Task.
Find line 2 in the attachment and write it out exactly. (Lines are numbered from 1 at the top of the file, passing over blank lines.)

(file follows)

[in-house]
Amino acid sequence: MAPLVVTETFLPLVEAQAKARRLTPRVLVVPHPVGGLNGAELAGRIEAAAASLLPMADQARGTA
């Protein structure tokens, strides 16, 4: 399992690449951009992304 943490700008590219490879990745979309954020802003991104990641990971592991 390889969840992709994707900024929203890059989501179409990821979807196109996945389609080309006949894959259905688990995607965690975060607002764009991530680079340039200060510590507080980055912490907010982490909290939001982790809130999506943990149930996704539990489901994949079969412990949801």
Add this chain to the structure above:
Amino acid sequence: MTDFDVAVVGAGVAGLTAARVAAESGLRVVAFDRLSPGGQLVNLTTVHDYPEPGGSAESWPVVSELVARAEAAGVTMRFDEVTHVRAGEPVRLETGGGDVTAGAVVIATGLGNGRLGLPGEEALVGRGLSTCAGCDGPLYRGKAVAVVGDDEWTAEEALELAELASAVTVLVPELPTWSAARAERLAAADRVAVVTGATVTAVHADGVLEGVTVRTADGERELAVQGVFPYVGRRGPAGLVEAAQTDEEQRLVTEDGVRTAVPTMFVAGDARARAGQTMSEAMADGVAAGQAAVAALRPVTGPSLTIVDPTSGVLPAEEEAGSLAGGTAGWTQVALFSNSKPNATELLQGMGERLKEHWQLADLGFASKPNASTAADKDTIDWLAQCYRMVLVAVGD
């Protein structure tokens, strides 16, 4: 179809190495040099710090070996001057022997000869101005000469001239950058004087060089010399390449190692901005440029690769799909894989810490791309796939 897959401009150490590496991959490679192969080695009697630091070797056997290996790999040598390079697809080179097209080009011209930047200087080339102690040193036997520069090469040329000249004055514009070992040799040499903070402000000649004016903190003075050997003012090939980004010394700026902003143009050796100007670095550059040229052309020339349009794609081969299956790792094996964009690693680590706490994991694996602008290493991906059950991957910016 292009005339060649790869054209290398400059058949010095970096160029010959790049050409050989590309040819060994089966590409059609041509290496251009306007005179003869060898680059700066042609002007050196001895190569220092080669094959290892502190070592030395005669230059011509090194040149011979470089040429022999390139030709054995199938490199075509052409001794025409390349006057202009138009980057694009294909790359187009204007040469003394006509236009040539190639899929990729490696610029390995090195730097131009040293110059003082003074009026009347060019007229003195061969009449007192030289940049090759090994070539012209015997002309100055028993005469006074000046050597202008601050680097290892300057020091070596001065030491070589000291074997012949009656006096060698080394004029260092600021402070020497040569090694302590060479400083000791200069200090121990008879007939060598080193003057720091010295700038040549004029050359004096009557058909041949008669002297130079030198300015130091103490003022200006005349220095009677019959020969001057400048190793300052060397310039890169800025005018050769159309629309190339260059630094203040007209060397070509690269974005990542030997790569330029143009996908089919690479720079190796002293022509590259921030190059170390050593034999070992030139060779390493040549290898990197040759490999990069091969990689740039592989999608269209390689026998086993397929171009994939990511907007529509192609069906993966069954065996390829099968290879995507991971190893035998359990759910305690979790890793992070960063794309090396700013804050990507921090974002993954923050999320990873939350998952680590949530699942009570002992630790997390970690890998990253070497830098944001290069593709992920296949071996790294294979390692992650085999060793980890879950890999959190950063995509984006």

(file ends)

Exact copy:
Amino acid sequence: MAPLVVTETFLPLVEAQAKARRLTPRVLVVPHPVGGLNGAELAGRIEAAAASLLPMADQARGTA